Essays on Present Global Warming Picture in relation to the Current Changing Climatic Trends Coursework

Download full paperFile format: .doc, available for editing

The paper 'Present Global Warming Picture in relation to the Current Changing Climatic Trends" is a good example of environmental studies coursework.   This report gives an overview of the present global warming picture in  relation to the current changing climatic trends. Specifically, it addresses the  interrelationship of the greenhouse effect and global warming. It also discusses facts and myths relevant to the arguments supporting the claims. Is Global Warming a Fact or just a Myth? Global warming refers to the progressive gradual rise of the mean temperatures of the earth’ s surface air and oceans since the 20th century and its continued projection.

It is thought to be caused by the greenhouse effect which is also responsible for the changes in the global climate patterns. Global temperature of the earth surface increased between the beginning and the end of the 20th century. Most of the temperature increases were as a result of increasing greenhouse gases concentration due to human activities such as industrial activities and transportation. Increasing global warming leads to the rising levels of the sea and changes in the amount and rain patterns. Other predictable effects include changes in the intensity and frequency of extreme weather activities, species extinctions and changes in the level of agricultural productions.

Warming, however, differs from one region to another around the globe, though there is no certainty in the nature of these variations. An increase in the global mean surface temperature occurs from the enhancement of the greenhouse effect, mainly as a result of air pollution. The 2007 United Nations Panel on Climate Change predicted that by 2100 global mean temperatures would go up depending on a wide range of scenarios for greenhouses gas emissions (Wishart, 2009). Many scientists, on the other hand, have argued that such a rise in the mean temperature would lead to mountain glaciers and polar ice to melt rapidly hence raising the levels of the coastal waters.

They, therefore, predict that this would cause new patterns and severe droughts and rainfall, seriously affecting food production in most regions. Other scientists, however, maintain that such predictions are exaggerated. The 1992 Earth summit and 1997 Kyoto Protocol to the United Nations Framework Convention on Climate Change tried to bring out the issue on global warming, but it was unfortunate that in both cases the efforts were hindered by the conflicting national economic agendas and disputes between developed and developing nations over the cost as well as the consequences of reducing the emissions of the greenhouse gases (Harmon, 2008). It is a fact and not a theory that global warming is a measurable process that is already in place.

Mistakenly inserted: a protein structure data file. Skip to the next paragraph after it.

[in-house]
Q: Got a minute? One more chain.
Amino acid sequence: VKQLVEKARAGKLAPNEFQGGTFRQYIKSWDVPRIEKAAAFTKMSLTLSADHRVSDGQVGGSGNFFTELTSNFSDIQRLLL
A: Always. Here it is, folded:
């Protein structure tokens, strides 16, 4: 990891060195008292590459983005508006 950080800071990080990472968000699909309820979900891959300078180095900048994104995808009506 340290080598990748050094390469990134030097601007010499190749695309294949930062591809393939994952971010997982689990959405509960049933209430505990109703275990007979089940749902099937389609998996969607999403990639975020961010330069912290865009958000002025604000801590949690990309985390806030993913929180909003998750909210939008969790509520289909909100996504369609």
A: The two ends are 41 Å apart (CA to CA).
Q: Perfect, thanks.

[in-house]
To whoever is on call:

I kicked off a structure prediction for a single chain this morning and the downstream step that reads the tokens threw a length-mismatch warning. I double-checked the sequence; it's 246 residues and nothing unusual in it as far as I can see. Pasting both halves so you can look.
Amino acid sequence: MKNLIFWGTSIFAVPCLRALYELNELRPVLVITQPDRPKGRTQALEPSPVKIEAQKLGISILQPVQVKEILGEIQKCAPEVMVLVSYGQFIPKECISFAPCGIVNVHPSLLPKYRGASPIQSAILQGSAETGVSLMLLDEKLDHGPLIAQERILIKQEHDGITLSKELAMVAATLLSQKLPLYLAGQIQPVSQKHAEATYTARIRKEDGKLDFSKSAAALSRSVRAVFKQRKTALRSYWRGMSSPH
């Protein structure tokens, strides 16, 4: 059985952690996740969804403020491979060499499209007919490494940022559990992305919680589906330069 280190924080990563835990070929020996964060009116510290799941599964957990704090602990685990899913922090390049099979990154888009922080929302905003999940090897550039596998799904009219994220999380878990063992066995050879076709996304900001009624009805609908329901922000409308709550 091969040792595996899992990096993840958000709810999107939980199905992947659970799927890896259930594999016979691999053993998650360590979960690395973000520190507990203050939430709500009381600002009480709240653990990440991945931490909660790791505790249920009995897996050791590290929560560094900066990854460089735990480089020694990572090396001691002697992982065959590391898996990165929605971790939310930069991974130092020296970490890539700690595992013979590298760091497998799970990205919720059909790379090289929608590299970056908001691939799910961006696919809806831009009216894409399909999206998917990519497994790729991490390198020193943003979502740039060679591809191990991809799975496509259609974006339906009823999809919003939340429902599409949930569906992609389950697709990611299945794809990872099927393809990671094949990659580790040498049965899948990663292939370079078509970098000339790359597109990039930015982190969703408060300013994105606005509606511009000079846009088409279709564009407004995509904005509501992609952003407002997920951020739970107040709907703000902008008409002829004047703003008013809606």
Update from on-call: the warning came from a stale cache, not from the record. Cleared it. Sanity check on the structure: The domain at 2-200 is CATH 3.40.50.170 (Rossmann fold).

Changes in temperature levels, rainfall patterns alterations and increased storms frequency are occurring and are being measured all over the world.

The Earth has transformed through many phases of warming and cooling over billions of years of its history due to the  effects of the greenhouse. Many natural factors have contributed to these scenarios, with most of them occurring slowly over many periods of time. Temperature levels are increasing so fast on a global scale that is unexplainable due to these natural processes. It is, therefore, a fact and not just a small localized environmental-related problem. In fact, it may be the largest challenge that human beings may be facing in the twenty-first century.

It is now evident in many parts of the world that there is an alarming disappearance of glaciers. An available example is available on the scientific data indicating that Greenland‘ s huge ice sheet is shrinking at an alarming rate. The world lost about 890 cubic miles of ice between 1961 and 1997 (Harmon, 2008). Many scientists agree that the increasing average air temperatures are the most vital factor behind the departure of glaciers on the global scale over such a long period of time.

References

Harmon, D.E. (2008). Al Gore and Global Warming. Celebrity Activists. The Rosen Publishing

Group, 2008

Mudhol, J. (2008). Global Warming. Executive Predictions: Happy About.

Robinson, M. (2007). America Debates Global Warming: Crisis or Myth? America Debates. The

Rosen Publishing Group.

Wishart, I. (2009). Air Con: The Seriously Inconvenient Truth About Global Warming. Howling

At the Moon Pub.

Zedillo, E. (2008). Global Warming: Looking Beyond Kyoto. Brookings Institution Press.

.

Download full paperFile format: .doc, available for editing
Contact Us